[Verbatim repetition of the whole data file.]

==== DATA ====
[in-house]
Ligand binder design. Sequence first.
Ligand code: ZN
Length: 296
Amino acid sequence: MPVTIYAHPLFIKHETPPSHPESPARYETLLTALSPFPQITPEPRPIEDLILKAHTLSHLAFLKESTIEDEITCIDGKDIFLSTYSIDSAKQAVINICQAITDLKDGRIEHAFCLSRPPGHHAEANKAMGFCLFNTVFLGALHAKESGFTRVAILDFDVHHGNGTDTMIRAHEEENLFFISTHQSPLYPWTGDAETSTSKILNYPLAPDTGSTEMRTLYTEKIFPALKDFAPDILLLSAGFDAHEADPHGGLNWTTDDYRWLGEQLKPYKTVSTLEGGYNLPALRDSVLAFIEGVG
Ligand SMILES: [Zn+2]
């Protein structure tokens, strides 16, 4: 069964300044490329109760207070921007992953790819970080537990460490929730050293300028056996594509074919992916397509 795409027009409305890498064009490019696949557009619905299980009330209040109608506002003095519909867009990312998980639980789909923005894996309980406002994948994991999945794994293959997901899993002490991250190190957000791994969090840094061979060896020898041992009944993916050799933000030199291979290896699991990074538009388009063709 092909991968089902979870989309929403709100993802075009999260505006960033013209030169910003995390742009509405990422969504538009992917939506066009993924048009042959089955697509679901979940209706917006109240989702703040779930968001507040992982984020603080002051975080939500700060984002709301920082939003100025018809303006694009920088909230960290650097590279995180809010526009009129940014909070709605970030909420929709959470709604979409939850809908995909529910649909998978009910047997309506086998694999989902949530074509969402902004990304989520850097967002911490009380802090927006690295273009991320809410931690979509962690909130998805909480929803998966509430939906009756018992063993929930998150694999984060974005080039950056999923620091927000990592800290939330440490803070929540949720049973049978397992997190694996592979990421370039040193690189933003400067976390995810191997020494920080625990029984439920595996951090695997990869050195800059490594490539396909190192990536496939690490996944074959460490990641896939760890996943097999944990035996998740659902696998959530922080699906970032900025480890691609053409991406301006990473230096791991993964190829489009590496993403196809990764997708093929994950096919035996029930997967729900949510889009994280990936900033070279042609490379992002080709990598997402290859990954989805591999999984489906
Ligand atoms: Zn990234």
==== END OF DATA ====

[in-house]
Ligand binder design. Sequence first.
Ligand code: ZN
Length: 296
Amino acid sequence: MPVTIYAHPLFIKHETPPSHPESPARYETLLTALSPFPQITPEPRPIEDLILKAHTLSHLAFLKESTIEDEITCIDGKDIFLSTYSIDSAKQAVINICQAITDLKDGRIEHAFCLSRPPGHHAEANKAMGFCLFNTVFLGALHAKESGFTRVAILDFDVHHGNGTDTMIRAHEEENLFFISTHQSPLYPWTGDAETSTSKILNYPLAPDTGSTEMRTLYTEKIFPALKDFAPDILLLSAGFDAHEADPHGGLNWTTDDYRWLGEQLKPYKTVSTLEGGYNLPALRDSVLAFIEGVG
Ligand SMILES: [Zn+2]
């Protein structure tokens, strides 16, 4: 069964300044490329109760207070921007992953790819970080537990460490929730050293300028056996594509074919992916397509 795409027009409305890498064009490019696949557009619905299980009330209040109608506002003095519909867009990312998980639980789909923005894996309980406002994948994991999945794994293959997901899993002490991250190190957000791994969090840094061979060896020898041992009944993916050799933000030199291979290896699991990074538009388009063709 092909991968089902979870989309929403709100993802075009999260505006960033013209030169910003995390742009509405990422969504538009992917939506066009993924048009042959089955697509679901979940209706917006109240989702703040779930968001507040992982984020603080002051975080939500700060984002709301920082939003100025018809303006694009920088909230960290650097590279995180809010526009009129940014909070709605970030909420929709959470709604979409939850809908995909529910649909998978009910047997309506086998694999989902949530074509969402902004990304989520850097967002911490009380802090927006690295273009991320809410931690979509962690909130998805909480929803998966509430939906009756018992063993929930998150694999984060974005080039950056999923620091927000990592800290939330440490803070929540949720049973049978397992997190694996592979990421370039040193690189933003400067976390995810191997020494920080625990029984439920595996951090695997990869050195800059490594490539396909190192990536496939690490996944074959460490990641896939760890996943097999944990035996998740659902696998959530922080699906970032900025480890691609053409991406301006990473230096791991993964190829489009590496993403196809990764997708093929994950096919035996029930997967729900949510889009994280990936900033070279042609490379992002080709990598997402290859990954989805591999999984489906
Ligand atoms: Zn990234």